Tuesday November 18th 2014
Although London’s National Gallery is almost 200 years old, that hasn’t stopped it from installing the latest in green technology.
The National Gallery has installed new LED lighting and a smart digital control system in an attempt to protect the infamous works of Holbein, Da Vinci, Monet and Van Gough from harmful UV rays.
The new instalment is expected the save the National Gallery roughly £53,000 a year on its energy bills, on top of £36,000 in reduced maintenance costs. It is also expected to slash the gallery’s lighting costs by 85%. Overall, it is hoped that the suite of technologies will help the gallery to reach its target of slashing carbon emissions 43% by 2014.
The LiGO technology, supplied by Open Technology, will allow the National Gallery to immediately respond to any changed in the level of light in a given environment.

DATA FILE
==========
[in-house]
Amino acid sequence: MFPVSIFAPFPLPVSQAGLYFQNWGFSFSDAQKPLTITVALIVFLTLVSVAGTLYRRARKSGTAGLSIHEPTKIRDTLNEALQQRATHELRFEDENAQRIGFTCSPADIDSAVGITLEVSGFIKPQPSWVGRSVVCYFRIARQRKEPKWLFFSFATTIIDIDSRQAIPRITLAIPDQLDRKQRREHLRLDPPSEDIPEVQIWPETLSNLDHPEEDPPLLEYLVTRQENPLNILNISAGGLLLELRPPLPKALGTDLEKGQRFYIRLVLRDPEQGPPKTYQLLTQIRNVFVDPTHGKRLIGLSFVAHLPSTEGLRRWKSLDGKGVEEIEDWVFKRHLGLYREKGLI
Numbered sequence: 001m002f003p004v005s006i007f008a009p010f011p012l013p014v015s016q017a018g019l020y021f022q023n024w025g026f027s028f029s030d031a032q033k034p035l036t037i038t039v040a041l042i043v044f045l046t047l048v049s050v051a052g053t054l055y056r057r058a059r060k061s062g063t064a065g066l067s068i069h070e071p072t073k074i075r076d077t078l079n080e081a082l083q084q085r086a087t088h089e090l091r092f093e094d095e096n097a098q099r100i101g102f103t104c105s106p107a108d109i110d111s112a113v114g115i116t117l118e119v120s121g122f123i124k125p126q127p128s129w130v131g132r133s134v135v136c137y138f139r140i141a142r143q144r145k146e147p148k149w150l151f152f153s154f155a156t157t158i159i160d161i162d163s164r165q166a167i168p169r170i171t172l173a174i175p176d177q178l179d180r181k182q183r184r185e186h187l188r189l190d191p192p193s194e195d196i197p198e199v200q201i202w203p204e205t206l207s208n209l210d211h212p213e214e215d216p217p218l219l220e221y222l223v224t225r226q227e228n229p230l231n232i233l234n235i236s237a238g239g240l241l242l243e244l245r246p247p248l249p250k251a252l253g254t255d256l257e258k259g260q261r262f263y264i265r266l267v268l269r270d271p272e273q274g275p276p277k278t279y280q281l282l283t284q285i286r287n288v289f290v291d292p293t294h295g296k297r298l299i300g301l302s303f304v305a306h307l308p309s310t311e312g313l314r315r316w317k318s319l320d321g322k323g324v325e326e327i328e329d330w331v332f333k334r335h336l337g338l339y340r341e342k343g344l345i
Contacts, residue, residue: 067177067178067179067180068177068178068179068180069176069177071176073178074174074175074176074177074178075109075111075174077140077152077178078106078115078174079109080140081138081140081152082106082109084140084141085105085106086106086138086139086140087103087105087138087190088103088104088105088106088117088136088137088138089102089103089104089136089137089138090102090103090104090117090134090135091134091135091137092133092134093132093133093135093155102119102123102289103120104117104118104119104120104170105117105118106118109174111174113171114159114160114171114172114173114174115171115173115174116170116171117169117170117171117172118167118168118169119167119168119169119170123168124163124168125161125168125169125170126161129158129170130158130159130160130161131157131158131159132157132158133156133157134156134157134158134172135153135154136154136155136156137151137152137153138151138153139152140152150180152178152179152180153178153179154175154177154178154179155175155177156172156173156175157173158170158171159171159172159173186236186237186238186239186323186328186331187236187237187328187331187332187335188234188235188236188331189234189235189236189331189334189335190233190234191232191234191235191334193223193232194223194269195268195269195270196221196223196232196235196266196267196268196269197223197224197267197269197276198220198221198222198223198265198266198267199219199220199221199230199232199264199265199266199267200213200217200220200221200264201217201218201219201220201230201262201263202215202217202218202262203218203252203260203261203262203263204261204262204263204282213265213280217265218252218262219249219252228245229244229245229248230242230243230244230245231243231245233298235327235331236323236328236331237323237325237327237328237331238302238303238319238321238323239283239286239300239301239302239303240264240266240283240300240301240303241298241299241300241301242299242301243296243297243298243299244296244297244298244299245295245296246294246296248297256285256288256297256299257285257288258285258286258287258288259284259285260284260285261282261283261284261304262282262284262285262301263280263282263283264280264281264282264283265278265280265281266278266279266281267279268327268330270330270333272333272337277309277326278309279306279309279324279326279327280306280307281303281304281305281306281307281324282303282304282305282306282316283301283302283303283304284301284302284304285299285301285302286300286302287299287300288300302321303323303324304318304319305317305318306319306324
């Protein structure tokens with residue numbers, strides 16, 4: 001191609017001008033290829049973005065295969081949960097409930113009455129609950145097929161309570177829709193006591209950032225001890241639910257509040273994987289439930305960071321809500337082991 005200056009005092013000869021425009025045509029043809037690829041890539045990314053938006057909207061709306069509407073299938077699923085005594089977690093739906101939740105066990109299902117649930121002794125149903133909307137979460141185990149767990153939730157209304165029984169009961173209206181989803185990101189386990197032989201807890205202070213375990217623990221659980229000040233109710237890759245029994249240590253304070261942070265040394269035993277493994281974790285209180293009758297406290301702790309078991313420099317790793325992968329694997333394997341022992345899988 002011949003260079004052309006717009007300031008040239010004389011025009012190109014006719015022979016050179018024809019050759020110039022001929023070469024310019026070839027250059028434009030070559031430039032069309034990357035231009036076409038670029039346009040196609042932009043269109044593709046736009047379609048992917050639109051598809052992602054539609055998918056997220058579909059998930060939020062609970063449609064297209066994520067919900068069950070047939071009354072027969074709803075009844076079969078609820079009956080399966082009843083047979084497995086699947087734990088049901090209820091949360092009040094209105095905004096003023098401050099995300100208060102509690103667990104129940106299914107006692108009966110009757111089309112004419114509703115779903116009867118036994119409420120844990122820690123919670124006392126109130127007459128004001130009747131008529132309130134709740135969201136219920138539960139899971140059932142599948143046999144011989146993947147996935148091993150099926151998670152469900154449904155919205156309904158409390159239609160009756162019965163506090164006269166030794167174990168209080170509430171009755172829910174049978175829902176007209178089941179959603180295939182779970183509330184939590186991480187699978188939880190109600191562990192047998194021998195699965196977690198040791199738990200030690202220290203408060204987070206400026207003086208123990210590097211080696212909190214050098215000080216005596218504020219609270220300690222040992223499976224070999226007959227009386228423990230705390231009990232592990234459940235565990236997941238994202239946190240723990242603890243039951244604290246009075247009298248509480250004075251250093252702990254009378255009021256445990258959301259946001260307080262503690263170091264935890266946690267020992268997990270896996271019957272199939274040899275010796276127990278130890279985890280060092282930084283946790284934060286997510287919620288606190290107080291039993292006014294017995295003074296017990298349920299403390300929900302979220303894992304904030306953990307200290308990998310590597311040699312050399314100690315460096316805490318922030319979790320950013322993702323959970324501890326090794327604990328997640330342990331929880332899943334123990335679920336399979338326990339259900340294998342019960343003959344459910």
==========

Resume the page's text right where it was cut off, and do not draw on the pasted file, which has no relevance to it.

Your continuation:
Steve Van Dyke, Head of Building and Facilities at the National Gallery, says: “With our previous system we could only switch on and off, whereas LiGO has enabled us to progressively dim and bring up light in conjunction with daylight levels.”
Managing Director of Open Technology, Chris Bedford, said that the move marks a growing trend amongst UK businesses in more intelligent lighting systems to save both carbon emissions and money. He said of the technology: “It can respond to the complex and unique needs of their building to create a better environment for staff and visitors.”